TIM PEELER: From Walk-on To ACC Champ to NCAA Threat
BY TIM PEELERRALEIGH When Kevin Hutton met with his freshman advisor for the first time, she suggested that the young engineering student walk on to the NC State track team. Maybe, she suggested, he could get a little bit of scholarship money to pay for his out-of-state tuition.
Four years later, the redshirt junior not only has close to a full grant-in-aid, but also an ACC Championship. The sprinter from Southfield, Mich., is one of 21 Wolfpack athletes who will compete Friday and Saturday in the NCAA East Regional in Gainsville, Fla.It’s all a shock to Hutton, who had all but decided to give up his track career when he headed to North Carolina for college. A Michigan state champion at Harrison High School as a senior, Hutton had gotten some partial scholarship offers from schools like Michigan, Michigan State and Western Michigan. But he wanted to go south to college to be closer to his father Bill, who lives in Charlotte.
He was also of running track in college. He didn’t wanted to be distracted from him primary goal of getting a computer engineering degree.But the freshman advisor called NC State coach Rollie Geiger without Hutton’s knowledge, convinced the coach that the former state champion could possibly help the Wolfpack and gave him the student’s phone number. The week before practice started in 2003, Geiger called Hutton and said “You will be at practice on Monday, right?”
Once he started workouts, Hutton’s competitive nature took over, his skills kicked in and his times in the 400-meter hurdles kept going down.
“Being a competitive person, once I started doing it, it kind of sucked me right back in,” Hutton said. “I am very happy I did it.”As is Geiger, who has rarely had an easier time recruiting an ACC Champion.
“If I had 20 guys like that, we would win ACC Championships, and wouldn’t I be a brilliant coach?” Geiger said. “You have to have a lot of respect for his accomplishments. He wasn’t a recruited student-athlete and four years later, he is an ACC Champion. That says volumes about him as an individual.”Hutton won his ACC Championship last month in College Park, Md., and it was a sweet revenge for the low-light of his college career. Last year, Hutton was leading the 400-meter race when his knee clipped the final hurdle and caused him to fall down. He finished the race, but finished seventh out of eight racers.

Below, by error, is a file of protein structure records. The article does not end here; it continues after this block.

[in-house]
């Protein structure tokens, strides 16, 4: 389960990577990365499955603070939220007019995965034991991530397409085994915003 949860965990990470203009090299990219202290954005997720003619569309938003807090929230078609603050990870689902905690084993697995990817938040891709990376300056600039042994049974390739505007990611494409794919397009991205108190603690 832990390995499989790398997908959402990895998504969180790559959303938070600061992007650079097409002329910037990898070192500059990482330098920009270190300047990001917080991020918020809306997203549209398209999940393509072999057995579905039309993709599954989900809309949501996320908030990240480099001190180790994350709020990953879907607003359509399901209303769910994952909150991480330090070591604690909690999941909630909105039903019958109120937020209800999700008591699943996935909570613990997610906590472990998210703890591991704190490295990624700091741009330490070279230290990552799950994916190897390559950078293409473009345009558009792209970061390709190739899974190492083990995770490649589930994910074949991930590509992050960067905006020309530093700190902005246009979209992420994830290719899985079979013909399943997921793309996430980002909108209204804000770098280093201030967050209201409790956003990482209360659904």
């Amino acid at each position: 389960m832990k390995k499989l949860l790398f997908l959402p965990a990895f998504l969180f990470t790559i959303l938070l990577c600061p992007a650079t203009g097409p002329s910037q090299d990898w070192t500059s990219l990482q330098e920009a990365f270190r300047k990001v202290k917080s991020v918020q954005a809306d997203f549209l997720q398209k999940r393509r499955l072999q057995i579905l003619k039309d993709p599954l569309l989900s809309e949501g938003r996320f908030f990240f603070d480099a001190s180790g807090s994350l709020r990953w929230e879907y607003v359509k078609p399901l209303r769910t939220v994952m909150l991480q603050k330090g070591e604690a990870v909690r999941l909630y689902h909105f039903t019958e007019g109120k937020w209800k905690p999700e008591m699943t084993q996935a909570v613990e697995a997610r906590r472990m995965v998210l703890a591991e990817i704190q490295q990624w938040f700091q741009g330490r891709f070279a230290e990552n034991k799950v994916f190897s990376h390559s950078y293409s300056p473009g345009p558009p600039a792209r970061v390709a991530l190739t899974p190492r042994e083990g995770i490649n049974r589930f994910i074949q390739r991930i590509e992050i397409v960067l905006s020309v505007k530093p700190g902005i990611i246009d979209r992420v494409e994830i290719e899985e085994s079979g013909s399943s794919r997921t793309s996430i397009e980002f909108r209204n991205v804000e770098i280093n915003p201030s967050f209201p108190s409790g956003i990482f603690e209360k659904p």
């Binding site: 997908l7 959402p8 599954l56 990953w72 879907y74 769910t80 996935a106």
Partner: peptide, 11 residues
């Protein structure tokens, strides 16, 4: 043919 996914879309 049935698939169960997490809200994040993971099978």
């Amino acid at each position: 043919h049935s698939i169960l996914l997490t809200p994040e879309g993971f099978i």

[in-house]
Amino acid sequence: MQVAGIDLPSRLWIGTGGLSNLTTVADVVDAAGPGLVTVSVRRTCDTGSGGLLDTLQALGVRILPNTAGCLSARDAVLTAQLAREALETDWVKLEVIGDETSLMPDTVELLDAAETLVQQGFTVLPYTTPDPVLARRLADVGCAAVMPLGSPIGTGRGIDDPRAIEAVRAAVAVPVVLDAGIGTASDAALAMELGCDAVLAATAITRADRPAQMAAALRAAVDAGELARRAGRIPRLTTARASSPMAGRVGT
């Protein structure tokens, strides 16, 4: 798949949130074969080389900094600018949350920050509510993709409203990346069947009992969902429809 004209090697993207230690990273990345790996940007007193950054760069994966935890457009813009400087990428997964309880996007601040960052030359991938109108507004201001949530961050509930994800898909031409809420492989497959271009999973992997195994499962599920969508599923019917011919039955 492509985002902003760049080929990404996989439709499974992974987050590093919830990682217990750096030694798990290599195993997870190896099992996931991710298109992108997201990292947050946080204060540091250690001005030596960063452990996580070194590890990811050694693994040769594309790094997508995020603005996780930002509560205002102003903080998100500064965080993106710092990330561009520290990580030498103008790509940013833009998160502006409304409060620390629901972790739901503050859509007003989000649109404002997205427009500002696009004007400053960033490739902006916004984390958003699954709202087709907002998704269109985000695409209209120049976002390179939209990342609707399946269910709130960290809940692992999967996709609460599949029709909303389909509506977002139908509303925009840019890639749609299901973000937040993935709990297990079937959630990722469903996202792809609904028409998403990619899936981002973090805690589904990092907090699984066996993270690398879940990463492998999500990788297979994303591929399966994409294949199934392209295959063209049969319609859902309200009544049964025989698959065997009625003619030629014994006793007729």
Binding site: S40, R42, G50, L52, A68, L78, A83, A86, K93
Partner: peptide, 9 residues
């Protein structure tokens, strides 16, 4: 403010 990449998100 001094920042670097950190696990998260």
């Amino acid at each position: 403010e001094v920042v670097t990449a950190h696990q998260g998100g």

This year, he won the event easily with a career-best time of 50.44 seconds, just 34 hundredths of a second off the school record held by Ron Foreman since 2000. It was NC State’s first conference title in a sprinting event since 2000 and first in a hurdles event since 1995.
His performance there earned him a qualifying mark for the regionals and has him thinking about his first trip to the nationals since he has the fourth-best time posted this year in the East Region. The top five finishers in each event advance to the NCAA Championship meet, held June 6-9 in Sacramento, Calif.“To be a national finalist would be great,” Hutton said. “I think I could be in the mix of things there.”
That’s what Geiger thinks as well.“I really expect he will do well here in the regionals and qualify for the national championships,” Geiger said. “I think he could potentially score points at nationals and become and All-America. I think he is quite capable of accomplishing those goals.”
Hutton is also on the verge of accomplishing his primary goal for college as well: he is on pace to graduate next year with a bachelor of science in computer engineering. Since he has another year of eligibility remaining, he’s already structured his schedule so he can get a double-major in electrical engineering as well, by taking two classes this summer and five classes the next two semesters.He doesn’t have to worry about job prospects, either. He and his father already own their own website development company, Matrix Web Solutions, and he spends his free time building commercial websites for small businesses.
“It’s the best feeling ever,” Hutton said of being close to his academic and athletic goals. “It really is.”You may contact Tim Peeler at firstname.lastname@example.org.